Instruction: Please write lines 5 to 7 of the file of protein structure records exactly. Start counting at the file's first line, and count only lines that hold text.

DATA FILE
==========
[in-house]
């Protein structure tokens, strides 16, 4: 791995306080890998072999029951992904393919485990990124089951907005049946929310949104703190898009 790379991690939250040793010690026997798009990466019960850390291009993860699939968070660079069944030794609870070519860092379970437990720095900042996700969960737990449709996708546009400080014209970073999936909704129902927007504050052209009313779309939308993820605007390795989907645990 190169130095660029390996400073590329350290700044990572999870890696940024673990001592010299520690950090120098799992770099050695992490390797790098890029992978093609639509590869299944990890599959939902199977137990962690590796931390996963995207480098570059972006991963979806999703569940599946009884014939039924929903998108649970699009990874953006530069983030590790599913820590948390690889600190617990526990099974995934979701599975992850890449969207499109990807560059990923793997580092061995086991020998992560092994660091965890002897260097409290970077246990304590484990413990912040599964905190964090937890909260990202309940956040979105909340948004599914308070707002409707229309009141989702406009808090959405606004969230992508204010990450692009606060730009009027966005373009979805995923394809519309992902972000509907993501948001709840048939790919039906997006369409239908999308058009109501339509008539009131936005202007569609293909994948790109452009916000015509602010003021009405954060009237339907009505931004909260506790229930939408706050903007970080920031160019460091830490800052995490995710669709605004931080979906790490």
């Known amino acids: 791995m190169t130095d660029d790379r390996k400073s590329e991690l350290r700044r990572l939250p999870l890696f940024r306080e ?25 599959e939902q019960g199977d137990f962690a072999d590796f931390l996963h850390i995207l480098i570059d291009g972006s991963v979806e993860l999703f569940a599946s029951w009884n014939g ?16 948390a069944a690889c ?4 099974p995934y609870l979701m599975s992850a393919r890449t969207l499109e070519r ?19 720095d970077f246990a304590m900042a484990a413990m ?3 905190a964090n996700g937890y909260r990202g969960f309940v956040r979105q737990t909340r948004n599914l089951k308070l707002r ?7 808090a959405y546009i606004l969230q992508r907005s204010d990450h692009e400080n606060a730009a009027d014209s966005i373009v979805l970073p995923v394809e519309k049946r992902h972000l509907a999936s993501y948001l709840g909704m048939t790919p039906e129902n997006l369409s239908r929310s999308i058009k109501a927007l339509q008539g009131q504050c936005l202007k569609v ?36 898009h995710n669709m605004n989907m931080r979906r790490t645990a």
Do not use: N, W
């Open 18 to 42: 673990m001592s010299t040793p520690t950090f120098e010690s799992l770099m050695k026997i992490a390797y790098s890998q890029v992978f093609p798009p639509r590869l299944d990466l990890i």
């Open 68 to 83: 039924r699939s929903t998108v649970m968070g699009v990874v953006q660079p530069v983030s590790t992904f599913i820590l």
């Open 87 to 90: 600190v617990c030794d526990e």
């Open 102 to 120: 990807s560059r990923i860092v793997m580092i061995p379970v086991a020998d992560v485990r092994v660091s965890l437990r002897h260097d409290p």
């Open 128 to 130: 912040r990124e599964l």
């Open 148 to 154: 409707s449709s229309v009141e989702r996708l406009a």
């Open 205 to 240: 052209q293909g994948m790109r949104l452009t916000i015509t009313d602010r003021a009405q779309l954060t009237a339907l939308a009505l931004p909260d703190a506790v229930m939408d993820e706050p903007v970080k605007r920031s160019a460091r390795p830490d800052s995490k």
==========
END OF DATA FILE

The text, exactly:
């Open 18 to 42: 673990m001592s010299t040793p520690t950090f120098e010690s799992l770099m050695k026997i992490a390797y790098s890998q890029v992978f093609p798009p639509r590869l299944d990466l990890i």
């Open 68 to 83: 039924r699939s929903t998108v649970m968070g699009v990874v953006q660079p530069v983030s590790t992904f599913i820590l």
């Open 87 to 90: 600190v617990c030794d526990e």